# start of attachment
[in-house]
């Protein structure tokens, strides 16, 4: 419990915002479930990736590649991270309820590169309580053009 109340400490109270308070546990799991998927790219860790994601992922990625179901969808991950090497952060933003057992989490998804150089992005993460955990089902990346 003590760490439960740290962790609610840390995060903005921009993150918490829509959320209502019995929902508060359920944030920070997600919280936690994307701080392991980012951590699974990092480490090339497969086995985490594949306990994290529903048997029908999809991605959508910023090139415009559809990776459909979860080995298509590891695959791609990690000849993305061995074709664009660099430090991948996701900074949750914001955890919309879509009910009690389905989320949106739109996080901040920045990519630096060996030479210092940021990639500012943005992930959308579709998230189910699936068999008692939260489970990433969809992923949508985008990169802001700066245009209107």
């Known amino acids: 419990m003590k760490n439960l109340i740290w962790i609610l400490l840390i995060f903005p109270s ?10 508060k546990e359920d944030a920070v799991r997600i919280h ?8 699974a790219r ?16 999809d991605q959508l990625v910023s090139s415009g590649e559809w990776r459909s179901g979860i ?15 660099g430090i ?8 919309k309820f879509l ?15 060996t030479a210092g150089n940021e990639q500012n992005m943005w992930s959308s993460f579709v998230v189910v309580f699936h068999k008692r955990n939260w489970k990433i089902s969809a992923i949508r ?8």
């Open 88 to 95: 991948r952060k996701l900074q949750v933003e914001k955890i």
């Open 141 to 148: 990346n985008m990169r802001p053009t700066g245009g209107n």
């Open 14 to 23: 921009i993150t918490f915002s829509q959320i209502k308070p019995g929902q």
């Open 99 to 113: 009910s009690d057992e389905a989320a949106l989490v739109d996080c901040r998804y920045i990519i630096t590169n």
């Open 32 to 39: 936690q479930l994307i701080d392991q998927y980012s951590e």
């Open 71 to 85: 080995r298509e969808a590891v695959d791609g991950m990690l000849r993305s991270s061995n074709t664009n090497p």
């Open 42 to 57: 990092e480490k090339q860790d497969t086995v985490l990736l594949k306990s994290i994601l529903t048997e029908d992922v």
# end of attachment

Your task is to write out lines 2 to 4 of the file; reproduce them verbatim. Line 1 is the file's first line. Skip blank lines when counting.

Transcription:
């Protein structure tokens, strides 16, 4: 419990915002479930990736590649991270309820590169309580053009 109340400490109270308070546990799991998927790219860790994601992922990625179901969808991950090497952060933003057992989490998804150089992005993460955990089902990346 003590760490439960740290962790609610840390995060903005921009993150918490829509959320209502019995929902508060359920944030920070997600919280936690994307701080392991980012951590699974990092480490090339497969086995985490594949306990994290529903048997029908999809991605959508910023090139415009559809990776459909979860080995298509590891695959791609990690000849993305061995074709664009660099430090991948996701900074949750914001955890919309879509009910009690389905989320949106739109996080901040920045990519630096060996030479210092940021990639500012943005992930959308579709998230189910699936068999008692939260489970990433969809992923949508985008990169802001700066245009209107």
């Known amino acids: 419990m003590k760490n439960l109340i740290w962790i609610l400490l840390i995060f903005p109270s ?10 508060k546990e359920d944030a920070v799991r997600i919280h ?8 699974a790219r ?16 999809d991605q959508l990625v910023s090139s415009g590649e559809w990776r459909s179901g979860i ?15 660099g430090i ?8 919309k309820f879509l ?15 060996t030479a210092g150089n940021e990639q500012n992005m943005w992930s959308s993460f579709v998230v189910v309580f699936h068999k008692r955990n939260w489970k990433i089902s969809a992923i949508r ?8």
């Open 88 to 95: 991948r952060k996701l900074q949750v933003e914001k955890i």